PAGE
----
By Barry Keate
The annual AAO-HNSF International Tinnitus Mini-Seminar convened in Washington, DC on September 10, 2012. It was held in conjunction with the annual meeting of the American Academy of Otolaryngology – Head and Neck Surgery Foundation (AAO-HNSF). The subject of the seminar was Radiology and Brain Imaging Techniques.
This seminar was previously known as the International Tinnitus Forum, which was held during the same time frame but not under the auspices of the AAO-HSNF. Now it is a foundation seminar that provides Continuing Medical Education (CME) credits for physicians to use in furthering their knowledge.
The content of this seminar was extremely technical, using PowerPoint presentations including many brain scan images. It is not possible to convey all the information contained in the presentations. I will try to provide an overview of what was discussed in general terms.
Jennifer Melcher, MD presented on functional Magnetic Resonance Imaging (fMRI) studies and their findings on people with tinnitus. One study was imaging of the central auditory pathway from the auditory nerve to the auditory cortex.
She studied people who have tinnitus but normal hearing thresholds and compared them to patients who do not have tinnitus. Both groups, therefore, have normal hearing but one group has tinnitus while the other does not.
Tinnitus patients had elevated response to sound and hyperactivity in the brainstem even though both groups had closely matched hearing thresholds. There are other areas of the brain, beside the auditory cortex, which influence the perception of tinnitus. This may lead to a deeper understanding of the neurological and cognitive/emotional aspects of tinnitus.
Susan Bowyer, PhD discussed Magnetoencephalography (MEG) imaging. This is a way of localizing electrical activity within the brain by measuring the magnetic fields caused by neuronal activity. It is extremely sensitive and can measure changes in milliseconds.
The technology became available in the 1980’s but with a limited number of sensors so brain scanning had to be done in segments. In the late 1990’s, the technology was evolved enough to conduct whole head scanning.
Dr. Bowyer has been working with Dr. Michael Seidman for several years using MEG technology to study tinnitus patients. They map the brains of people listening to their own tinnitus for 10 minutes, then give them tones at 1,000 Hz followed by pitch-matched tones of their tinnitus.
Dr. Bowyer works in the Neurology Lab at Henry Ford Health System and her studies also involve epilepsy patients. They have been able to localize epileptic networks in the brain that have been hyperactive and use this information to remove the tissue. They have looked at patients who are 1-2 years post-operative and are seizure free. The surgeries were performed using MEG imaging to point where the problem areas were located. The same neuronavigation technique can be used to localize hyperactive networks in tinnitus patients’ brains.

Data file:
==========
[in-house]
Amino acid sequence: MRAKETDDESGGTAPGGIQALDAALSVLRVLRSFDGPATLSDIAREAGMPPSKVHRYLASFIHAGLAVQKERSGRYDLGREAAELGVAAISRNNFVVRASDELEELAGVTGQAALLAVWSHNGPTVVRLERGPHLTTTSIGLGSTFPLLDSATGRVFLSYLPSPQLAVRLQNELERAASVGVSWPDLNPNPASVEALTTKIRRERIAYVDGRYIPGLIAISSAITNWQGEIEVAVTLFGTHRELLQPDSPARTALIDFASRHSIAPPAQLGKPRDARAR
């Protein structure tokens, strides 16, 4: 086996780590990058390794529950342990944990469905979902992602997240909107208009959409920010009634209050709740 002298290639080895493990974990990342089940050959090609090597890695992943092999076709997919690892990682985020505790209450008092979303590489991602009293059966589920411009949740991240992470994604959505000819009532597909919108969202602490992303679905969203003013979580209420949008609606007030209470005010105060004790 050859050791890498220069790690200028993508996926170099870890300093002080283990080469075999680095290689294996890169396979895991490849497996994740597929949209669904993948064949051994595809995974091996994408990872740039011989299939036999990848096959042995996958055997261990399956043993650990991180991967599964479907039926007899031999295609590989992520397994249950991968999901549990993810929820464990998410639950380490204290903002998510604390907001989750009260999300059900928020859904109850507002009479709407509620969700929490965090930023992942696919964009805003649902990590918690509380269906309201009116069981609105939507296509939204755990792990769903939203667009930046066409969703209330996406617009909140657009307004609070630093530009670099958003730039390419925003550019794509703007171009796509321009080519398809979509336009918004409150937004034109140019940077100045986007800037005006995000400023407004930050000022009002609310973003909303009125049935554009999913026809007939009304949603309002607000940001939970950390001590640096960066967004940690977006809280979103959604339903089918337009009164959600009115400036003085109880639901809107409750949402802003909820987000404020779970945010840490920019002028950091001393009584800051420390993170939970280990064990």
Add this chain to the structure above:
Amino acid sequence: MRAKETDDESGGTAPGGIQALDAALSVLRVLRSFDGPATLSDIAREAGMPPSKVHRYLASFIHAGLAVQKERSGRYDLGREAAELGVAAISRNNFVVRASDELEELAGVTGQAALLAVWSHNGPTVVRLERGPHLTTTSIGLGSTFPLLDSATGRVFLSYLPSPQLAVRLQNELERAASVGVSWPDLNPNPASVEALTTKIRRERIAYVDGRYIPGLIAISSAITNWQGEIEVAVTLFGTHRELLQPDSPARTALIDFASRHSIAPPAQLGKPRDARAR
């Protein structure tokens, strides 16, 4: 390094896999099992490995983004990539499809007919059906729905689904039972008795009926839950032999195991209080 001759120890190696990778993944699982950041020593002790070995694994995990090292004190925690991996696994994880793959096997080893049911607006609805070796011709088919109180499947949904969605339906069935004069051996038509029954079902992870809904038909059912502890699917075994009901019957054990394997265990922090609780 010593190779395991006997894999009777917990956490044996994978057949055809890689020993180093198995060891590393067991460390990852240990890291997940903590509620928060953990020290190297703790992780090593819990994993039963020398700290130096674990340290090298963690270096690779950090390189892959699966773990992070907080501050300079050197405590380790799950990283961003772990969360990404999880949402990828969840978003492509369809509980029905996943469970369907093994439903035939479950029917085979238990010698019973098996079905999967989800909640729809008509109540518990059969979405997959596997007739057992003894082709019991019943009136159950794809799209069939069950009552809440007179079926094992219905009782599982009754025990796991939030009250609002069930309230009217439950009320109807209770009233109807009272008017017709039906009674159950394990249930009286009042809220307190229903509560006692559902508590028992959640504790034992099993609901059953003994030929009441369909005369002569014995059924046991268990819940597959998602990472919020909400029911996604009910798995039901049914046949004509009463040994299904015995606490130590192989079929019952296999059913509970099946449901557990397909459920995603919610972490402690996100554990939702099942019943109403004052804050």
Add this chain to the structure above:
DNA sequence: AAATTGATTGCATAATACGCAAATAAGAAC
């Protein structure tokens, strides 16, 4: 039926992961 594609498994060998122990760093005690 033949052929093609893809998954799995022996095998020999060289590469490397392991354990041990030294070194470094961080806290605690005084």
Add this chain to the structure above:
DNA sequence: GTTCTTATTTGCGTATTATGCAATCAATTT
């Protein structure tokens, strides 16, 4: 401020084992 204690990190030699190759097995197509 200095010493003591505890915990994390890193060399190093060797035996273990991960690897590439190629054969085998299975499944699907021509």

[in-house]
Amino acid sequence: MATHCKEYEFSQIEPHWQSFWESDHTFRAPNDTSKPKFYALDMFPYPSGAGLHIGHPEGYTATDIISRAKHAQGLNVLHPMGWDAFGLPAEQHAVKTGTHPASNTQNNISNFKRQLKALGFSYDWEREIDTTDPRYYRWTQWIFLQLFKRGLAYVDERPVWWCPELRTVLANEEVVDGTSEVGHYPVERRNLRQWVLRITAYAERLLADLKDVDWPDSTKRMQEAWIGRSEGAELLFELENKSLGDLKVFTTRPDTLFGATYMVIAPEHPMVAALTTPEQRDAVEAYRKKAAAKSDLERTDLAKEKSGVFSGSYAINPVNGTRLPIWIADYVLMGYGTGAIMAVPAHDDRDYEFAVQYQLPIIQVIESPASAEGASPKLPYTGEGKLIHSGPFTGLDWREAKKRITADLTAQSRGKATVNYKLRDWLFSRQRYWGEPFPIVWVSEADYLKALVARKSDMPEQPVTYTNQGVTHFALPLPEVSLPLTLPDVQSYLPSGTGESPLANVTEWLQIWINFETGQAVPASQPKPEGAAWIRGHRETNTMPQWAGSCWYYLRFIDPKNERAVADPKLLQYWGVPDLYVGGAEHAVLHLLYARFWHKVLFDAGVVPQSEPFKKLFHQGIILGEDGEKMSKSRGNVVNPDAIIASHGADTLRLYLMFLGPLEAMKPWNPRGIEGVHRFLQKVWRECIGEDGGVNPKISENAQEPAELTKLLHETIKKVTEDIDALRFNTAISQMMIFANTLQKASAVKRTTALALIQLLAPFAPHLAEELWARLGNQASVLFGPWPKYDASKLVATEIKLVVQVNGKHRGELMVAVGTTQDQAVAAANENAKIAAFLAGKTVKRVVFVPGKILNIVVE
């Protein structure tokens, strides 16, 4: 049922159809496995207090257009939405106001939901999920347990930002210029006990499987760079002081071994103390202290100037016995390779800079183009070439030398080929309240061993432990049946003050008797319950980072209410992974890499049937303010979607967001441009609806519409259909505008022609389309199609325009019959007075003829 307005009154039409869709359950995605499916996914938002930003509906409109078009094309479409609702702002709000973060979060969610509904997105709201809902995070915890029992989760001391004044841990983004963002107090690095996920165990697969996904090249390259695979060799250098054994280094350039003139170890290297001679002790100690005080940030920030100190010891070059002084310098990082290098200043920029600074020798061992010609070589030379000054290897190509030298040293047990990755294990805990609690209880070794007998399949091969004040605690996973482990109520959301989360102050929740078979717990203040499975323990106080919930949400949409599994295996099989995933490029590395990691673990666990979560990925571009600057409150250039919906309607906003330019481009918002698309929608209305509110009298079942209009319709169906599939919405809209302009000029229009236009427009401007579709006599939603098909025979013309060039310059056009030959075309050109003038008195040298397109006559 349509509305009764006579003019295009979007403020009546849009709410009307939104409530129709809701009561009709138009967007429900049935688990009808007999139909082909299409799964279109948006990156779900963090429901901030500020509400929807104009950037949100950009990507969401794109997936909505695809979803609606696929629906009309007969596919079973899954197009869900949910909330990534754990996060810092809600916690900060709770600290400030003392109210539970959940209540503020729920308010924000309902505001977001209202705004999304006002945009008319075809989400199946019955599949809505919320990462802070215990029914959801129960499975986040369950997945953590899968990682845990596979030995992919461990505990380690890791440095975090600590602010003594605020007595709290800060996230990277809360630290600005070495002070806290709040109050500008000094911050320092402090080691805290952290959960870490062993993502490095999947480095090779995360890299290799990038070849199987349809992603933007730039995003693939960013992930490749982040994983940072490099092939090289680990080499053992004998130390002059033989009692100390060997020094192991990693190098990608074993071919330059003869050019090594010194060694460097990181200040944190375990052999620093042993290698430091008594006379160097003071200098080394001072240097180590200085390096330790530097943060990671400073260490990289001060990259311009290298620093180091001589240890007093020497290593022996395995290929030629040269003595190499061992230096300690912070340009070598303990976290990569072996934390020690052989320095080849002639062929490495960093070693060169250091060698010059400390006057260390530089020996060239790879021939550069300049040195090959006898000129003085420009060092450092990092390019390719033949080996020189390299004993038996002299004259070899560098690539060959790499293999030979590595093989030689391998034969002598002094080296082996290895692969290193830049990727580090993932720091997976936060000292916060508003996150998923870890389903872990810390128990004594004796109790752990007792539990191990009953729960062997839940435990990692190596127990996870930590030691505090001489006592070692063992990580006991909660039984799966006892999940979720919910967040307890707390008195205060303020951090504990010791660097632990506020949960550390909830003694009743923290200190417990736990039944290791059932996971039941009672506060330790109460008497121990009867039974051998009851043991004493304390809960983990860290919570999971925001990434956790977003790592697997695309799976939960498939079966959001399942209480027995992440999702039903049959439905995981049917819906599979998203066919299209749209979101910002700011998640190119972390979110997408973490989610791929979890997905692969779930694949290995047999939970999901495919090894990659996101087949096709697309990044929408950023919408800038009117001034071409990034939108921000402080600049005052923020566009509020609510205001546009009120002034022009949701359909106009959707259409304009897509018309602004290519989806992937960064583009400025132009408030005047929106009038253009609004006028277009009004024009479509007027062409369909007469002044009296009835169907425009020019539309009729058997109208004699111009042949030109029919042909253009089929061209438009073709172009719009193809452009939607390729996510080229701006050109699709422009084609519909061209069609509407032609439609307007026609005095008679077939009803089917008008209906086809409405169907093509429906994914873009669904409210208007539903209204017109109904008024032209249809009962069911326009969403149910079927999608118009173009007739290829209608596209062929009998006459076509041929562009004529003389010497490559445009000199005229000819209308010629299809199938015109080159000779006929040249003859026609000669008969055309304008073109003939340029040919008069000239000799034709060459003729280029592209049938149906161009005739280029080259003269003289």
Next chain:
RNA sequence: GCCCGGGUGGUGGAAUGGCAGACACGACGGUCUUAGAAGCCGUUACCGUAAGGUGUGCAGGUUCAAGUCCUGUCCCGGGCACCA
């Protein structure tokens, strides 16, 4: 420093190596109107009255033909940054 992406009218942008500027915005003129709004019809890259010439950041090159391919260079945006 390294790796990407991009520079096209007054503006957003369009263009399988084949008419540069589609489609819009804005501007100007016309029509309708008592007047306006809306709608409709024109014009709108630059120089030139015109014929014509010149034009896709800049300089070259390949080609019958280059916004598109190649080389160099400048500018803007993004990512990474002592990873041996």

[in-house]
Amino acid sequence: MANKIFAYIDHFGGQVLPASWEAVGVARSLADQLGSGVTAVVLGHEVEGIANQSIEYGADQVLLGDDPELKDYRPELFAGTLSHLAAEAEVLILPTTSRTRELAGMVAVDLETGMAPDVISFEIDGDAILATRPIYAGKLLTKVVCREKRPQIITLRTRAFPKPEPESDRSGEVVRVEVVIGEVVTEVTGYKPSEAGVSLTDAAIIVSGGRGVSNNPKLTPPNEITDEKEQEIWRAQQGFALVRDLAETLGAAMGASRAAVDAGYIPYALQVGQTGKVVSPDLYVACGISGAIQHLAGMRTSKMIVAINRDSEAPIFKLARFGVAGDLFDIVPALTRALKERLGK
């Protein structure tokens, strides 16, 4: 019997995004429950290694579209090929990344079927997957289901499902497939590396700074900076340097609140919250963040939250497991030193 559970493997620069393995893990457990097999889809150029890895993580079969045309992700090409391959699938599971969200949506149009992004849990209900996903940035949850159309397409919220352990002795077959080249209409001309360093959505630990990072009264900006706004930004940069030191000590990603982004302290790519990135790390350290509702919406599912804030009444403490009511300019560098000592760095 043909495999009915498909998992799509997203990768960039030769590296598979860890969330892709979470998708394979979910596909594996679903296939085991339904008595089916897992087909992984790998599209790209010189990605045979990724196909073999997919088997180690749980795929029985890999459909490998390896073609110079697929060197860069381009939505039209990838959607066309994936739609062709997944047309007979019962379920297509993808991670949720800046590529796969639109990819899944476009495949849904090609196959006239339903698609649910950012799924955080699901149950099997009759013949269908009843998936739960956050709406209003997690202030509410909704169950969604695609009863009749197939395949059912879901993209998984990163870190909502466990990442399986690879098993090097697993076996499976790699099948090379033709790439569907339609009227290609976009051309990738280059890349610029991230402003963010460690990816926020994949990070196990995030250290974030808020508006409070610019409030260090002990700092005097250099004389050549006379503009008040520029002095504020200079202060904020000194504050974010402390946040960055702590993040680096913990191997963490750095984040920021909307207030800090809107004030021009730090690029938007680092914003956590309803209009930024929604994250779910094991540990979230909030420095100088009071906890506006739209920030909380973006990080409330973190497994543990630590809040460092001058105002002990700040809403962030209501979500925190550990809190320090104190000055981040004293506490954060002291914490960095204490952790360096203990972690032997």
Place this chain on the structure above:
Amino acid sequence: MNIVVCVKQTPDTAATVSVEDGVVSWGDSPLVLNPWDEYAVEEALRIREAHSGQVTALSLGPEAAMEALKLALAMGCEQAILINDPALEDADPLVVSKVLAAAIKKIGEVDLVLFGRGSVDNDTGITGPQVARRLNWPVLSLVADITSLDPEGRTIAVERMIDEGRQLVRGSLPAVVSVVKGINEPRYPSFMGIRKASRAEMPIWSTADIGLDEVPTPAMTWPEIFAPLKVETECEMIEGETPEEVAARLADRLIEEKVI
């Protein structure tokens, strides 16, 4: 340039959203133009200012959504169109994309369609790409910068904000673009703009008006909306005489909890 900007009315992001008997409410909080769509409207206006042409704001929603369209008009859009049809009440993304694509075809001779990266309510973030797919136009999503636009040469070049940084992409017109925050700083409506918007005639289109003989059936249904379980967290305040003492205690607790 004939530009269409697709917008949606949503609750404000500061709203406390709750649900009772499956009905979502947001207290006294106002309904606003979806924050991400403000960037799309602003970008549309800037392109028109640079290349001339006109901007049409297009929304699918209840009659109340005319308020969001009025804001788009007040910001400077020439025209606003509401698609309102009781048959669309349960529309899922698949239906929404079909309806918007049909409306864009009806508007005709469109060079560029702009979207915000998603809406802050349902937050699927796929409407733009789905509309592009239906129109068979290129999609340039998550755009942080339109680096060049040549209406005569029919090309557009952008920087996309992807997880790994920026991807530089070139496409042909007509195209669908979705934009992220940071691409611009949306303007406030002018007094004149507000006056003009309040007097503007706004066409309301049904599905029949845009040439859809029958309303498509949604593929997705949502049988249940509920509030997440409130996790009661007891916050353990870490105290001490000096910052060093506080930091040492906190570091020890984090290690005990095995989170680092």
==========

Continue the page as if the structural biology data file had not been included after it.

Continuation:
Dirk de Ridder, MD discussed imaging techniques that can be used to neuronavigate the brain to guide in implanting electrodes to attempt to control tinnitus. Dr. de Ridder has worked with Dr. Michael Seidman in this area.
One of the most common causes of tinnitus is a lack of input due to hearing loss. Less information arrives at the level of the thalamus and it starts to slow down. The slowing down of the specific area that lacks input causes a decrease in lateral inhibition and there will be a halo around the area of high frequency gamma band hyperactivity. The intensity of the gamma activity may be related to the loudness of the tinnitus.
Either fMRI or MEG can be used to locate areas in the auditory cortex with tinnitus. These areas can be targeted using non-invasive Transcranial Magnetic Stimulation (TMS). TMS causes an electrical field to be generated inside the brain in the area of the hyperactivity. There has been a lot of research into the use and efficacy of TMS recently.
If the TMS is successful in dampening the tinnitus, the next step can be taken for people with debilitating tinnitus. This involves the implanting of an electrode array in the area of the auditory cortex that is causing the problem. The array will have several electrodes along its length. These electrodes can be turned on and off experimentally until maximum tinnitus suppression is reached.
The discussion continued by looking at other areas of the brain that influence tinnitus and where additional electrode arrays may be helpful. Tinnitus is a network phenomenon and not simply located in the auditory cortex. These are very preliminary ideas and much more work needs to be conducted to define the treatments better.
Arnold Strashun MD discussed central debilitating tinnitus and nuclear medicine. Nuclear medicine imaging techniques include SPECT (single photon emission computed tomography) and PET (positron emission tomography). These imaging techniques employ gamma rays to provide a true 3-D image of the brain. These images can be manipulated by the computer and typically allow the viewer to view thin slices of the brain.
Blood flow studies can be conducted showing how the brain uses oxygen and glucose, the two fuels for brain operation. This shows metabolic activity in areas of the brain and can isolate areas of hyperactivity.
The discussion continued to the neuronal networks that affect tinnitus. It is not only the auditory cortex, but elements of other brain structures are involved in a neuronal loop.
Dr. Strashun used a pharmacologic agent that locks onto GABA receptors, the primary inhibitive neurotransmitter in the brain. The GABA receptor has been identified by Dr. Abraham Shulman as the central pathway through the brain through which all tinnitus signals must travel.